Friday, November 27, 2009

Piece of Cake

“It’s a piece of cake until you get to the top.
You find you can’t stop playing the game the way you’ve always played it.”
- Richard M. Nixon

The odds were stacked against me. I decided to teach my students slang.

Now, being an elite academic institution, 青森高校 (あおもりこうこう / aomori koko), Aomori High School’s students drown themselves in pride. While their vocabulary reaches into four digit territory, they are painfully はずかしがり (hazukashigari), shy. They would rather pretend they were frozen, as if staring into the eyes of Medusa, than to risk uttering an incorrect response.

Unfortunately, as is the case with most Japanese 生徒 (せいと / seito), students, mine exclusively orate the “hello / I’m fine / see you” package. I find this outrageously mundane. Personally, the conversations are so scripted and boring. Consequently, it’s rumored I now hold the Guinness Record for longest yawn. The students’ robotic lack of voice may fly in Japan, but not in my imaginative world.

While I’m aware my knowledge of Japanese is as if I were a four year old Forrest Gump: by using Japanese スラング (surangu), slang, I surprise and delight the natives. I’ve made it a goal to learn trendy phrases alongside the basics. For example, instead of おいしい (oishii), delicious, I’ll say 超うまい (ちょううまい / chou umai), the trendy way to say extremely tasty. Whenever I utter a ‘slang’ phrase, it has the same effect as a Japanese exchange student in America saying, “Damn son, cheq out dat a$$.” It may not be appropriate, but it’s unexpected, and people stick around for more.

My patented lethal weapon though is へのかっぱ (he no kappa), which translates into ‘piece of cake.’ Which is exactly what I thought it would be to instill the coolness of slang into the working vocabularies of my esteemed students.

Though the process is ongoing, I’m constantly reviewing the long list of かっいい (kakkoii), cool, words and phrases with my students. Thankfully, “hello” is now an endangered species with “what’s up?” and “heya” spreading like wildfire. While “see you” is a stubborn beast, I hear enough of “Have a nice day” and “take care” to keep my faith in the program. Overall, the greetings, manners, and reactions seem to be moving in quite nicely. Though, idioms remain a challenge.

Enter Mr. Fun, a 2年生 (ねんせい / nensei), 2nd year, student in class 2-3. He’s a short man sporting a tan complexion and styled hair that smoothly slopes down his forehead like a pointed spear. I knew he was something out of the ordinary when during 文化祭 (ぶんかさい / bunkasai), school culture festival, he wore a Miami Dolphins jersey. While a common garment of fashion in the states, you’re as likely to see a NFL jersey on a Japanese person as you are to find middle aged men engrossed in a game of Hungry Hungry Hippos at the barbershop. Sure it happens, but you’re delightfully shocked every time. Especially when that student is adorned in the attire of the (てき / teki), enemy, of your hometown favorite Buffalo Bills.

So of course I took notice of this なぞめいた (nazomeita), enigmatic, young man. What I discovered was as uplifting as Reese’s Pieces at the bottom of an ice cream sundae. Mr. Fun was no robot. He was an individual: one who wore his name with a smile.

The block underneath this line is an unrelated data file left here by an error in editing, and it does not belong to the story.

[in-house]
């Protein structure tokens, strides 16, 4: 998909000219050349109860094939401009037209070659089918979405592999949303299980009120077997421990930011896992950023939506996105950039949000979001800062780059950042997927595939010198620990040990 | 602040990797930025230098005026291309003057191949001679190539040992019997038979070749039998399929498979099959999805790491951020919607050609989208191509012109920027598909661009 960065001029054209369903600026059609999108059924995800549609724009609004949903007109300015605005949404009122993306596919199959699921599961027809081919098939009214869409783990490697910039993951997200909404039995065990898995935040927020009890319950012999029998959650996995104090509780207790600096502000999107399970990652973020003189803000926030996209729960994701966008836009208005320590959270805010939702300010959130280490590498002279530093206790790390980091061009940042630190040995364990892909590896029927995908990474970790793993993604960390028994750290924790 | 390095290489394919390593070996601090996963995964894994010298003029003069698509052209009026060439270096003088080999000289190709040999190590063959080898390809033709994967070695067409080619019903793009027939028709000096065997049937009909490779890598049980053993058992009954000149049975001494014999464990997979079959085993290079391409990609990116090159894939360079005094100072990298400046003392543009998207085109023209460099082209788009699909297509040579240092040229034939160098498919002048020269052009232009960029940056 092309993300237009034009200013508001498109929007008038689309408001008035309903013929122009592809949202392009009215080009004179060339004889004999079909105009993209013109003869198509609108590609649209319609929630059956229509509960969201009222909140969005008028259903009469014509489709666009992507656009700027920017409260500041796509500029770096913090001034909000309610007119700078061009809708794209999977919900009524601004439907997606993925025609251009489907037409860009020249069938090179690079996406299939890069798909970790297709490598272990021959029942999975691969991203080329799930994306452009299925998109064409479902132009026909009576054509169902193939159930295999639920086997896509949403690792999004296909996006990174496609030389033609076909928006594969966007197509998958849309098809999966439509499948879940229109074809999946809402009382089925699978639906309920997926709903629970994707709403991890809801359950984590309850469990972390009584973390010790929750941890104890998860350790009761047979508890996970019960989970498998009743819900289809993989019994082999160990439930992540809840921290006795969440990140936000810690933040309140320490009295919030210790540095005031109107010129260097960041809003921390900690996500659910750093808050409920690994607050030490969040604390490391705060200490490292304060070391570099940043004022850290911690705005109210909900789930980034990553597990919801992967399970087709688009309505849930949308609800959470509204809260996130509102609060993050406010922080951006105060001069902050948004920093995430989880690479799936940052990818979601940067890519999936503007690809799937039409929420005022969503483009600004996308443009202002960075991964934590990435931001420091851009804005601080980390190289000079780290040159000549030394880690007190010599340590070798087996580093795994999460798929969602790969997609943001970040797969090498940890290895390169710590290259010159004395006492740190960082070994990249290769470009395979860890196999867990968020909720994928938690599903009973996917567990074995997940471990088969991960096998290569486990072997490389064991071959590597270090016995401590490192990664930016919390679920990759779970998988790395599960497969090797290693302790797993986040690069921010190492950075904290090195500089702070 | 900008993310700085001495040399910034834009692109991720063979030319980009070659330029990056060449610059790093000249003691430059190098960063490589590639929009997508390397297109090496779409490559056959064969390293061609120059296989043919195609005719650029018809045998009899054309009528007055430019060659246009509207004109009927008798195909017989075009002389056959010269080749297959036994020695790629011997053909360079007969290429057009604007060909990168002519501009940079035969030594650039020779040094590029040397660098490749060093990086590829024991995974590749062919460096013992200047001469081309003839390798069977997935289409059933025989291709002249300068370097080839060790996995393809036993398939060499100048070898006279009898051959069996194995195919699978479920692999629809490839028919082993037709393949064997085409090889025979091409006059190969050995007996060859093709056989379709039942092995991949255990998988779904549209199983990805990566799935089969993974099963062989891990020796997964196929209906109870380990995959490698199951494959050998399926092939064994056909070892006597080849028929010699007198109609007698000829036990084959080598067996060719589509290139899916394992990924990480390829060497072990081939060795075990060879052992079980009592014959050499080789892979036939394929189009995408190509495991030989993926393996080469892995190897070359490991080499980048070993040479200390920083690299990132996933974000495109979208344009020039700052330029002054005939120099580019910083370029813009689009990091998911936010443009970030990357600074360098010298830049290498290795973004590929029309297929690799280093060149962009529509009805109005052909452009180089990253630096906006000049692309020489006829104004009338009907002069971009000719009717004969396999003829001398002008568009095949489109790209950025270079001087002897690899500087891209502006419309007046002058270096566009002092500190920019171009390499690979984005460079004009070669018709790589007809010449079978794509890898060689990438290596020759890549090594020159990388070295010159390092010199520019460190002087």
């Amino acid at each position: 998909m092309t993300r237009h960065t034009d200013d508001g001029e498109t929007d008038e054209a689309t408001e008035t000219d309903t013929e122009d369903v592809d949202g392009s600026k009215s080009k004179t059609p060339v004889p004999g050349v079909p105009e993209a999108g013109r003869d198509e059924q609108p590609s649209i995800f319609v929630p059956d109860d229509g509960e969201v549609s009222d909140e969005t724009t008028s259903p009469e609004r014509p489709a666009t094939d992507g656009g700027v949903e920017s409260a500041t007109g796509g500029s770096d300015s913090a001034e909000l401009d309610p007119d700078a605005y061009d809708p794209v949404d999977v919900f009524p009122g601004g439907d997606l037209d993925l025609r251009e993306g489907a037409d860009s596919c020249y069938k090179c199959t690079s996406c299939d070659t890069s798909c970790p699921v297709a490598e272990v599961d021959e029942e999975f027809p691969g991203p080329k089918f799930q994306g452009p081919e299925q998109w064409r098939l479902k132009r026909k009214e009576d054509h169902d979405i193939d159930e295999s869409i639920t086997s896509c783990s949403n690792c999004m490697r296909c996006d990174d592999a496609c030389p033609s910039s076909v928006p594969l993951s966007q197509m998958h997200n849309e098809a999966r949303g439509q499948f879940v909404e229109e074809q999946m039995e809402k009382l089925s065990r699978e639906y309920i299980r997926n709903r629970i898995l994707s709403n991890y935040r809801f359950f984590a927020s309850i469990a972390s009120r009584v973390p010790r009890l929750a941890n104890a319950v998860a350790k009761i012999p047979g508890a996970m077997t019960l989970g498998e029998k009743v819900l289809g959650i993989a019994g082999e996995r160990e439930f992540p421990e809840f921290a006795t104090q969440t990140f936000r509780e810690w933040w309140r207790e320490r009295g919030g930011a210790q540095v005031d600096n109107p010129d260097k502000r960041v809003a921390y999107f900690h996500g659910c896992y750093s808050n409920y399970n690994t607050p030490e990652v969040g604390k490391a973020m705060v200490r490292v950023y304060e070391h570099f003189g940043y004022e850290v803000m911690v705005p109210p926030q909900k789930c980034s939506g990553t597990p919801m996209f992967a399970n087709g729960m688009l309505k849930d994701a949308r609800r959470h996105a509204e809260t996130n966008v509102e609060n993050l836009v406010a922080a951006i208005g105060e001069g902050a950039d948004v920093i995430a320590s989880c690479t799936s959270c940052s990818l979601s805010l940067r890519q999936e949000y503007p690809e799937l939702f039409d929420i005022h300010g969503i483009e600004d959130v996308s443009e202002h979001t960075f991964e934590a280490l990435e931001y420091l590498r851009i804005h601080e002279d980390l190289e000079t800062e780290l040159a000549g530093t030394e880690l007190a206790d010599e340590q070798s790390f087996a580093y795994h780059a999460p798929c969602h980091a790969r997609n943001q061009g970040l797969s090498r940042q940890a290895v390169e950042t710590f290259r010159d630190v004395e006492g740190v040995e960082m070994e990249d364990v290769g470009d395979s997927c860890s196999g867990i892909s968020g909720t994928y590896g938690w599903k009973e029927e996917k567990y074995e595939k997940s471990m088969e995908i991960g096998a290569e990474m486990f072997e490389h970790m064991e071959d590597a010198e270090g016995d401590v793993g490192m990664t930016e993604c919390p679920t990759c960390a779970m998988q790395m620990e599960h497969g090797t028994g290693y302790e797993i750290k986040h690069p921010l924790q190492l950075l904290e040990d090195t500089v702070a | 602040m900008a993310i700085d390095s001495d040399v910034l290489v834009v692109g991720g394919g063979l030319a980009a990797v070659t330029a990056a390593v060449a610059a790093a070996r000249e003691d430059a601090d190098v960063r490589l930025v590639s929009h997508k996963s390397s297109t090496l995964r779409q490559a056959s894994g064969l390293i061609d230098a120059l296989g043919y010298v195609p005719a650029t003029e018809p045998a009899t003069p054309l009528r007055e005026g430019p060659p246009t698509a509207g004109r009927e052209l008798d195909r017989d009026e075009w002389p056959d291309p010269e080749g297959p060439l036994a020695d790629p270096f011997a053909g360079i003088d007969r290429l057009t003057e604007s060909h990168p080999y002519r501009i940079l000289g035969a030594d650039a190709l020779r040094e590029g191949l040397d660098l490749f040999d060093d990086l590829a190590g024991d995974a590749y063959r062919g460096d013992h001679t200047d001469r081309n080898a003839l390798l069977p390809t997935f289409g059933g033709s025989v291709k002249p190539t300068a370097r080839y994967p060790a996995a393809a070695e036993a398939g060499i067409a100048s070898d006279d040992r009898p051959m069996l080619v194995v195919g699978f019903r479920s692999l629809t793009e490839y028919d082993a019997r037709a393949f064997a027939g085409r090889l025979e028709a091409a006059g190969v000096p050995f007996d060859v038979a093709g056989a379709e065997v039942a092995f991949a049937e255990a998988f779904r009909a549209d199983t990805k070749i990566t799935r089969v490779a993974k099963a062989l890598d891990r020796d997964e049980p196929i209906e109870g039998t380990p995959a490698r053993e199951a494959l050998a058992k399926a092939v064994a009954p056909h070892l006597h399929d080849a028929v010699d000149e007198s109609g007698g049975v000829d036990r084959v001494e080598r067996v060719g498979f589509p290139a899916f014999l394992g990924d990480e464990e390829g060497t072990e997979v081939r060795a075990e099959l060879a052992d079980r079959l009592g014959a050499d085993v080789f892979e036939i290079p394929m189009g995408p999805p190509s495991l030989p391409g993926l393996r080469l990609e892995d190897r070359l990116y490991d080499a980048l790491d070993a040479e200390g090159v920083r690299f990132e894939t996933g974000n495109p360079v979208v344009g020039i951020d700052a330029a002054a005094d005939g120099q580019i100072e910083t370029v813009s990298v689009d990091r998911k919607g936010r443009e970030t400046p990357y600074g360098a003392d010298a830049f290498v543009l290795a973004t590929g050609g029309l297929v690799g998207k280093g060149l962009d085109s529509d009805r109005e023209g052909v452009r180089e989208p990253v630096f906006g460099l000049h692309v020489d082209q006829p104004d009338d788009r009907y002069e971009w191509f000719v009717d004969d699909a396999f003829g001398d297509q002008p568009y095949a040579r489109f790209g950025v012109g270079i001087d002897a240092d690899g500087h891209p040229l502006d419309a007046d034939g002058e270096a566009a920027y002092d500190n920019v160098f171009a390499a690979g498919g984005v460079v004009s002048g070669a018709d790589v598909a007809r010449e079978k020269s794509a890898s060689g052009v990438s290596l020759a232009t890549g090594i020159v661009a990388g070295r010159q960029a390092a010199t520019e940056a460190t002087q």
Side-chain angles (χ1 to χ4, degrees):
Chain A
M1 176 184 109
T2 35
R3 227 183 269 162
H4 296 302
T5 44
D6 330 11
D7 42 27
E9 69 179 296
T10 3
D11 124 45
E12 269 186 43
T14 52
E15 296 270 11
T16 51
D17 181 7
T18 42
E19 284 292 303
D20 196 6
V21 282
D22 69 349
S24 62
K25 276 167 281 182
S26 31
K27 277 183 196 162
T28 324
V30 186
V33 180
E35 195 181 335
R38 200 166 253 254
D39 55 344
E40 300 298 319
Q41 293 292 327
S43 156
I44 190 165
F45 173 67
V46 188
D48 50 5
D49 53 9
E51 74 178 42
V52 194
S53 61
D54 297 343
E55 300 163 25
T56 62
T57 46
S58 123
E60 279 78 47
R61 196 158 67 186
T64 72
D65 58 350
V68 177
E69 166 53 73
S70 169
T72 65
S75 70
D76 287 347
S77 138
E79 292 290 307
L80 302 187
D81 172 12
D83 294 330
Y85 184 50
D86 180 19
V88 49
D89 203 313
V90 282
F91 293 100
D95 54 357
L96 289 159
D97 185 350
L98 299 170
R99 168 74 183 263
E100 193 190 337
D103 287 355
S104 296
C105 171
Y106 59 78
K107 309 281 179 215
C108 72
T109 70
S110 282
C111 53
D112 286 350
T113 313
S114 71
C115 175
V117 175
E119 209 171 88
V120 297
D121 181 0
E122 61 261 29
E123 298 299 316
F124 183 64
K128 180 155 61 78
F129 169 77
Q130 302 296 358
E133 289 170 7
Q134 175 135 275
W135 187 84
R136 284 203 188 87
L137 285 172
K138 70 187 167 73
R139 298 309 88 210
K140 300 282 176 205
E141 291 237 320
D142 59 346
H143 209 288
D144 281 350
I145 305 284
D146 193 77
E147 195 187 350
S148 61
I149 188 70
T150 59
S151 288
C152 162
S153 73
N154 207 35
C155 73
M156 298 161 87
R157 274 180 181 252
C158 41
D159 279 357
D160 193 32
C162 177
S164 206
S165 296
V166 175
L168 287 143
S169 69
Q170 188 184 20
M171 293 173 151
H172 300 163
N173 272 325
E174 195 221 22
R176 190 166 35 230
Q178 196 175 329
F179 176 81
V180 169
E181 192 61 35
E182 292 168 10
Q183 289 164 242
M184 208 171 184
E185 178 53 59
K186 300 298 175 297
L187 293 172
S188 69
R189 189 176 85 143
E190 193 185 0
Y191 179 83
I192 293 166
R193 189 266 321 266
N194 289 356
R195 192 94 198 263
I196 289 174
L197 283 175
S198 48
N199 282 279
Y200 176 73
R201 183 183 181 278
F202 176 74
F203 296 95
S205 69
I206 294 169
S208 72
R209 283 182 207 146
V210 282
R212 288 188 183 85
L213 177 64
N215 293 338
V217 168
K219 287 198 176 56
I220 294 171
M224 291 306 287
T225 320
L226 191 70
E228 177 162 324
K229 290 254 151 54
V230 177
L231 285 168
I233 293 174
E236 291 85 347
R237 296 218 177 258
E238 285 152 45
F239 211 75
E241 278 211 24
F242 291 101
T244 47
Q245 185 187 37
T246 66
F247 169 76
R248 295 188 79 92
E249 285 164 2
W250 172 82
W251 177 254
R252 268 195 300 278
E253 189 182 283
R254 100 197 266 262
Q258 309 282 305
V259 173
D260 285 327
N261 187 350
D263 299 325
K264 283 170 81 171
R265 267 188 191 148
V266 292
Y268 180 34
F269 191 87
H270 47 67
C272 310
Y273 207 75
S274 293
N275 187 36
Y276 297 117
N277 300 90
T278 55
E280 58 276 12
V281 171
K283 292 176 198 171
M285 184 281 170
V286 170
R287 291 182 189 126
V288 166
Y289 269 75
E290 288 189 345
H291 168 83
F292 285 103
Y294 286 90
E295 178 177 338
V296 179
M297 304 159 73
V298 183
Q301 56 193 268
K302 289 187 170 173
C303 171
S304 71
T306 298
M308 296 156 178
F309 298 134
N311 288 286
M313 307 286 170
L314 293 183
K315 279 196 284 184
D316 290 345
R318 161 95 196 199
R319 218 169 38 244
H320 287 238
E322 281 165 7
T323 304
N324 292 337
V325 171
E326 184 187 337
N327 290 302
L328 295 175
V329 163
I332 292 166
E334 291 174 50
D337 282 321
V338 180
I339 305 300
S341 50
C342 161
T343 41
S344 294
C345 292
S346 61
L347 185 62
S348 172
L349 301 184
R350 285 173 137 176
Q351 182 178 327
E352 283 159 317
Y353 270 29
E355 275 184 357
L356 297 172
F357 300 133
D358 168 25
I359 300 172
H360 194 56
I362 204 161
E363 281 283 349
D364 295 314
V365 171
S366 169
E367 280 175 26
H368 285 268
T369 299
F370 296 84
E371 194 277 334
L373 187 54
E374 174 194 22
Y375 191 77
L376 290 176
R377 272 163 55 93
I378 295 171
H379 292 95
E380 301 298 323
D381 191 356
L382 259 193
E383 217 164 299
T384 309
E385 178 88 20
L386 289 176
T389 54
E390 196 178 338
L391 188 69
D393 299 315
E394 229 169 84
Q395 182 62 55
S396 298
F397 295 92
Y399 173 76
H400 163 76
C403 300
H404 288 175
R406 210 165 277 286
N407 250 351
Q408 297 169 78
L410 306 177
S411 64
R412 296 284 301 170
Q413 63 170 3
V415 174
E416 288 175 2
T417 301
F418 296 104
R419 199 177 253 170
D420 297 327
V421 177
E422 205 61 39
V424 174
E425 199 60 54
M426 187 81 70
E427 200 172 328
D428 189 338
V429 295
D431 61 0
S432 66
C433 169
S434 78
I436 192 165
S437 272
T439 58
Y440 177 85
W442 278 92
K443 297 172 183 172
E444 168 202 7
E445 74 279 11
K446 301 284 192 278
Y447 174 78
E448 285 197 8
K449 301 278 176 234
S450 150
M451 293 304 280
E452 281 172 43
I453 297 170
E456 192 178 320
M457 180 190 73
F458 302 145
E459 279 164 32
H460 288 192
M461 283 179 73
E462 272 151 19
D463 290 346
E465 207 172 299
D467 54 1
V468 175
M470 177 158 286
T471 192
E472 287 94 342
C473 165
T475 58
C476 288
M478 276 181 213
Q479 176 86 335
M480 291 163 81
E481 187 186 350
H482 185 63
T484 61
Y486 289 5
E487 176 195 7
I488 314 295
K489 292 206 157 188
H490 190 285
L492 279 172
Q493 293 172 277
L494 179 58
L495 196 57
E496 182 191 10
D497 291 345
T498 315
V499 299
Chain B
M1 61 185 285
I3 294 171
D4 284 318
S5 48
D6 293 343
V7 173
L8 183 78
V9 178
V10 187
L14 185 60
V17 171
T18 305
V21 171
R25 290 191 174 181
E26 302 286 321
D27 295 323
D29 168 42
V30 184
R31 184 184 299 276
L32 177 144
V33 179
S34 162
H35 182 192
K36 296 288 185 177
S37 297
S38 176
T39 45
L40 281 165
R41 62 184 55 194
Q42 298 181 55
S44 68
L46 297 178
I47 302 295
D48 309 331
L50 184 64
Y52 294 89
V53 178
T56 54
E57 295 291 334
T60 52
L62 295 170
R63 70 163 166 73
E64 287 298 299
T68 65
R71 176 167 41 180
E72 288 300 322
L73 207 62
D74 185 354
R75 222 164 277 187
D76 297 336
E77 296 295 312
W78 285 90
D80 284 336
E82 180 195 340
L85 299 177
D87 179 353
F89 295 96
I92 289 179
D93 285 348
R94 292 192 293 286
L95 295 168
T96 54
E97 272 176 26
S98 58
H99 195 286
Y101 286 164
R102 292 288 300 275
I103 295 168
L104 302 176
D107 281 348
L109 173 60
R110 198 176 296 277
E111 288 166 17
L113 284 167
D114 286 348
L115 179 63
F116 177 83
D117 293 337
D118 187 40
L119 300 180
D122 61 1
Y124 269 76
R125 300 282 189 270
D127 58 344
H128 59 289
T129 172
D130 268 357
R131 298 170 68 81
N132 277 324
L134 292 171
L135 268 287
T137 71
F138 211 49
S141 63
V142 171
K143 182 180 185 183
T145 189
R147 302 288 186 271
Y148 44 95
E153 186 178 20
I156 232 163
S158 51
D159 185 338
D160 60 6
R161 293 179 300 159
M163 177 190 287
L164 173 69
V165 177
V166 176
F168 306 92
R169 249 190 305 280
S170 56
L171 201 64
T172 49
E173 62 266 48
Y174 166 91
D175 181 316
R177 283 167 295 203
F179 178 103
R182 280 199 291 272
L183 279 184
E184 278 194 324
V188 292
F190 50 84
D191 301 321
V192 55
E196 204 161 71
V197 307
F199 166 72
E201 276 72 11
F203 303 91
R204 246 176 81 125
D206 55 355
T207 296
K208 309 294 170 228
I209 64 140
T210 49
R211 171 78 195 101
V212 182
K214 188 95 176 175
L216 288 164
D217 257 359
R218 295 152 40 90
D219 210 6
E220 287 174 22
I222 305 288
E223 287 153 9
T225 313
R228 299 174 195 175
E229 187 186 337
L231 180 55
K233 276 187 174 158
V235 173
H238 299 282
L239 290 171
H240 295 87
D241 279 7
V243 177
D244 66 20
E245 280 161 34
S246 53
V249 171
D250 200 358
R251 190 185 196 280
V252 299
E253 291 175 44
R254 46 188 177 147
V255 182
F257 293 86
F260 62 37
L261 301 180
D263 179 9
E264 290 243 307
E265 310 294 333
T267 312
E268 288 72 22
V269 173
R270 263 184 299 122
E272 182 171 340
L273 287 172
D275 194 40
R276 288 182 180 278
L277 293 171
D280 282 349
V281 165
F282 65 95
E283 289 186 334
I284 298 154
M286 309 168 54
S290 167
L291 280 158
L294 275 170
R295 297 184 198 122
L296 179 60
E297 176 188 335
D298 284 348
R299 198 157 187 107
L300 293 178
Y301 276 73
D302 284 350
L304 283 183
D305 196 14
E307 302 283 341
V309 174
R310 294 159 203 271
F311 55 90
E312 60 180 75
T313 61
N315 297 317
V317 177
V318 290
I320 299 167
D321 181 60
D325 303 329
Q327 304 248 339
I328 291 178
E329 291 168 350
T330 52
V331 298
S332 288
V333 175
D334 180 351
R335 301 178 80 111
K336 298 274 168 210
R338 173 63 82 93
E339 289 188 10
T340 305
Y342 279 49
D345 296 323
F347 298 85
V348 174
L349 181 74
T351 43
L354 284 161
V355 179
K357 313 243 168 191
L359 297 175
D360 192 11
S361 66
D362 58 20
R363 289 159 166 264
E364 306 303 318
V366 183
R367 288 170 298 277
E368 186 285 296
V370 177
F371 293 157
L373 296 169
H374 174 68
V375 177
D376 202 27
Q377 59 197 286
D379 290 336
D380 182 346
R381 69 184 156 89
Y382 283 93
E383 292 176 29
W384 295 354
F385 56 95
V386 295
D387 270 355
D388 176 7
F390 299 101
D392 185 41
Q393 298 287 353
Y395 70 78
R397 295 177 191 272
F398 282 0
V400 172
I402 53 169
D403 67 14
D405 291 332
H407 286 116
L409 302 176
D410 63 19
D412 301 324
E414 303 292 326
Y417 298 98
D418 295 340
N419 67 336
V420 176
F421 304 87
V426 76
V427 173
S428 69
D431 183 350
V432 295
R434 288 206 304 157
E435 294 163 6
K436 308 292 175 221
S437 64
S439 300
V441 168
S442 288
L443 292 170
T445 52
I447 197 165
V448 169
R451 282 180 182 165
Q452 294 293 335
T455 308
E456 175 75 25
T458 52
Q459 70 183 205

After exposing students to ‘holy moly,’ he single handily branded it as his class’s catchphrase. Every time I’d walk by the 教室 (きょうしつ / kyoushitsu), classroom, chants of ‘holy moly!’ emitted from random students. While it wasn’t always used properly, I basked in the glory of their efforts.

Though when Mr. Fun became rather fond of, ‘piece of cake,’ concern clouded the glory. No matter what I said, Mr. Fun responded with ‘piece of cake.’

“What’s up?” / “It’s a piece of cake.”
“See you next class.” / “Piece of cake!”

Quickly, I felt as though Mr. Fun was mocking me. “Holy moly,” I thought. I didn’t earn an English Education degree from Boston University, inspire Florida high school students for five years, earn my National Board Certification, and take the time to instill coolness in these robots to inherit a bully. “Oh hell nah!”

Consequently, as the ‘pieces of cake’ arrived, they were met with constructive criticism. “Funny, but that’s NOT when you use that phrase,” I said. It appeared as though his ‘slang-parade’ would never improve. Though as the weeks jogged by, I noticed something: Mr. had lost his Fun. He no longer uttered 'holy moly,' 'see ya later alligator,' let alone 'piece of cake.'

“What happened?” I wondered. While this would have proven a perfect chance for a ‘teachable moment’ I had three messages in my Facebook inbox dying to be read. So I forgot about him.

Until recently, when visiting the downtown library I saw someone. It was him. He sat at a table with two classmates not more than 100 footsteps away. While public conversations with students are difficult due to their shyness and limited oral abilities, I opted to give it a try. Peering down at their papers, I noticed they were studying for an upcoming English exam. “Are you studying English?” I asked.

The classmates were sluggishly processing a response when Mr. Fun looked up, extended his thumb and said, “It’s a piece of cake.” And for the first time, it was.


Christy said...

Nice story, well told.
plus 10

David said...
This comment has been removed by the author.
David said...

good work.

Anonymous said...

Hi! Wonderful idea, but will this really work?